2.3 Background Prior

Objects occur in context and are part of the scene. Background scene understanding can definitely benefit object detection. The background can reject (or re-score) unreasonable objects. For example, a yacht does not appear in an indoor environment with high probability. In our implementation, we train a presence prior model (PPM) under the CNN framework on the object detection data of ILSVRC 2014. Rather than producing a single label per image, this method outputs multiple labels for an image. Thus, false predictions can be removed if the prediction score based on our trained presence prior falls below a confidence threshold. Our experimental results demonstrate that the presence prior could help to filter false predictions with more context information being considered.

3 Results

We discuss the performance of our entries in ILSVRC 2014. In the object detection track, there are two sub-tracks: with and without extra training data. Our results were achieved without extra training data. We were ranked fourth in terms of number of winning categories. Table 1 tabulates the top winners and we refer readers to [6] or the official website of ILSVRC 2014 for complete standings. Our mAP is . By analyzing the per-class results111http://image-net.org/challenges/LSVRC/2014/
results/ilsvrc2014_perclass_results.zip
, we found that 1-HKUST is still ranked fourth among all the teams using and without using extra training data. Table 2 shows that using extra training data gives a clear advantage. Sample visual results are demonstrated in Figure 2. Surprisingly, a number of difficult cases for human detection such as the lizard in Figure 3 can be reliably detected by our system.

Unlike other participating teams, 1-HKUST had very limited computing budget and resources in our training and experiments: one 24-core server PC (Dell PowerEdge R720 2 x 12C CPU, 128GB RDIMM memory and one NVIDIA GRID K1 GPU), and one 6-core PC (Dell Alienware Aurora 4.1Ghz, 6C CPU, 32GB DDR2 memory and one NVIDIA GeForce GTX 690 GPU). Due to limited computing resources, the parameter tuning might not have been optimized, and we strongly believe that our framework could achieve a better mAP rating if more computing resources available and careful optimization tuning.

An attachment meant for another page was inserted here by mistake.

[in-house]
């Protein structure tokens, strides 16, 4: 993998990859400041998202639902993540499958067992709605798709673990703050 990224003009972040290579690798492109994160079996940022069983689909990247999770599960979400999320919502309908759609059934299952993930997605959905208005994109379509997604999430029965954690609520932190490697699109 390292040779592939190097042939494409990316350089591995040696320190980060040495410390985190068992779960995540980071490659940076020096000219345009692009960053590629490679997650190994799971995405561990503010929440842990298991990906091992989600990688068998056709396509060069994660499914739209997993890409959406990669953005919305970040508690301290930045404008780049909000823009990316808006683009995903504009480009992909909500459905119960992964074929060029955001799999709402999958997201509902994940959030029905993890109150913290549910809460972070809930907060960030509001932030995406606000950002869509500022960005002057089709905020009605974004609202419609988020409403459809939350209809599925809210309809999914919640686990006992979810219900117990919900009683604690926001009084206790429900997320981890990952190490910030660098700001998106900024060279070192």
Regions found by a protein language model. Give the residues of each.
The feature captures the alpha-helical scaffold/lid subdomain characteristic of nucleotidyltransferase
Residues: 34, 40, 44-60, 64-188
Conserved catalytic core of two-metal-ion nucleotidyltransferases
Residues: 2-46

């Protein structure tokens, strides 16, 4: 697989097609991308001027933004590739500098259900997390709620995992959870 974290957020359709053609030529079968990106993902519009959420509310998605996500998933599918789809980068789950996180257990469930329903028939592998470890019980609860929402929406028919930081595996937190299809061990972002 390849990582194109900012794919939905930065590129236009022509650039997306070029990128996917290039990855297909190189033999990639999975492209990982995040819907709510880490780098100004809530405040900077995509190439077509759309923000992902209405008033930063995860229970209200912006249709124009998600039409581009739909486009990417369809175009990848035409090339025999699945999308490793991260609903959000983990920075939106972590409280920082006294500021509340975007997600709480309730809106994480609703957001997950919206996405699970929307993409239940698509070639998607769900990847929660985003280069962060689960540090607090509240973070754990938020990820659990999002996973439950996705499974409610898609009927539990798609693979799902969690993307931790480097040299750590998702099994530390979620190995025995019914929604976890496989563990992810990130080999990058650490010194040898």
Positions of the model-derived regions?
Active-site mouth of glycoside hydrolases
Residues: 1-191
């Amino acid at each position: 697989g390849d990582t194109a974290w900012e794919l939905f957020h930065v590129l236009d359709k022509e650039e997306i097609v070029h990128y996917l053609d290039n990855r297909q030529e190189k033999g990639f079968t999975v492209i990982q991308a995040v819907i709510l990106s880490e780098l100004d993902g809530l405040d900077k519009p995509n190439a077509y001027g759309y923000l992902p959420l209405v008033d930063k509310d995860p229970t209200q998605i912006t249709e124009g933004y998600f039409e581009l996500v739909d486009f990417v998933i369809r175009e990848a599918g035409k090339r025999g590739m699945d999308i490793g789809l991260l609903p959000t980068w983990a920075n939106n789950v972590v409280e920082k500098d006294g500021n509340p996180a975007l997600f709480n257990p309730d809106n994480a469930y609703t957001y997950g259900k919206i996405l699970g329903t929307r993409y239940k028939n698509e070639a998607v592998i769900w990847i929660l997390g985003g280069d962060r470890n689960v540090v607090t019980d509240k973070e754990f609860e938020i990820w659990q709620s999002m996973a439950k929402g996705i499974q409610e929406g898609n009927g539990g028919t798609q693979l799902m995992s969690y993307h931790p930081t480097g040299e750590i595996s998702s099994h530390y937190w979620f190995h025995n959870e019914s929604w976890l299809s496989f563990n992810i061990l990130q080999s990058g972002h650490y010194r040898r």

Team name Number of object mAP
categories won
NUS 106 0.372
MSRA 45 0.351
UvA-Euvision 21 0.320
1-HKUST 18 0.289
Southeast-CASIA 4 0.304
CASIA-CRIPAC-2 0 0.286
Table 1: Number of object categories won without extra training data.
Team name Number of object
categories won
GoogLeNet 138
CUHK-DeepID-Net 28
Deep-Insight 27
1-HKUST (run 2) 3
Berkeley-Vision 1
NUS 1
UvA-Euvision 1
MSRA-Visual-Computing 0
MPG-UT 0
ORANGE-BUPT 0
Trimps-Soushen 0
MIL 0
Southeast-CASIA 0
CASIA-CRIPAC-2 0
Table 2: Number of object categories won with and without extra training data. 1-HKUST did not use extra training data.
airplane
armadillo
car
coffee maker
person
ping pong
Figure 2: Sample object detection results.
(a) (b)
Figure 3: (a) is a input image, (b) is our detection result. Some people found it difficult to recognize a lizard on pebbles.

References

  • [1] R. D. Felzenszwalb P, McAllester D. A discriminatively trained, multiscale, deformable part model. PAMI, 2010.
  • [2] R. Girshick, J. Donahue, T. Darrell, and J. Malik. Rich feature hierarchies for accurate object detection and semantic segmentation. CVPR, 2014.
  • [3] Y. Jia. Caffe: An open source convolutional architecture for fast feature embedding. http://caffe.berkeleyvision.org/, 2013.
  • [4] C. G. M. S. Koen E. A. van de Sande and A. W. M. Smeulders. Fisher and vlad with flair. In CVPR, 2014.
  • [5] M. T. Perronnin F, S¨¢nchez J. Improving the fisher kernel for large-scale image classification. In CVPR, 2010.
  • [6] O. Russakovsky, J. Deng, H. Su, J. Krause, S. Satheesh, S. Ma, Z. Huang, A. Karpathy, A. Khosla, M. Bernstein, A. C. Berg, and L. Fei-Fei. Imagenet large scale visual recognition challenge, 2014.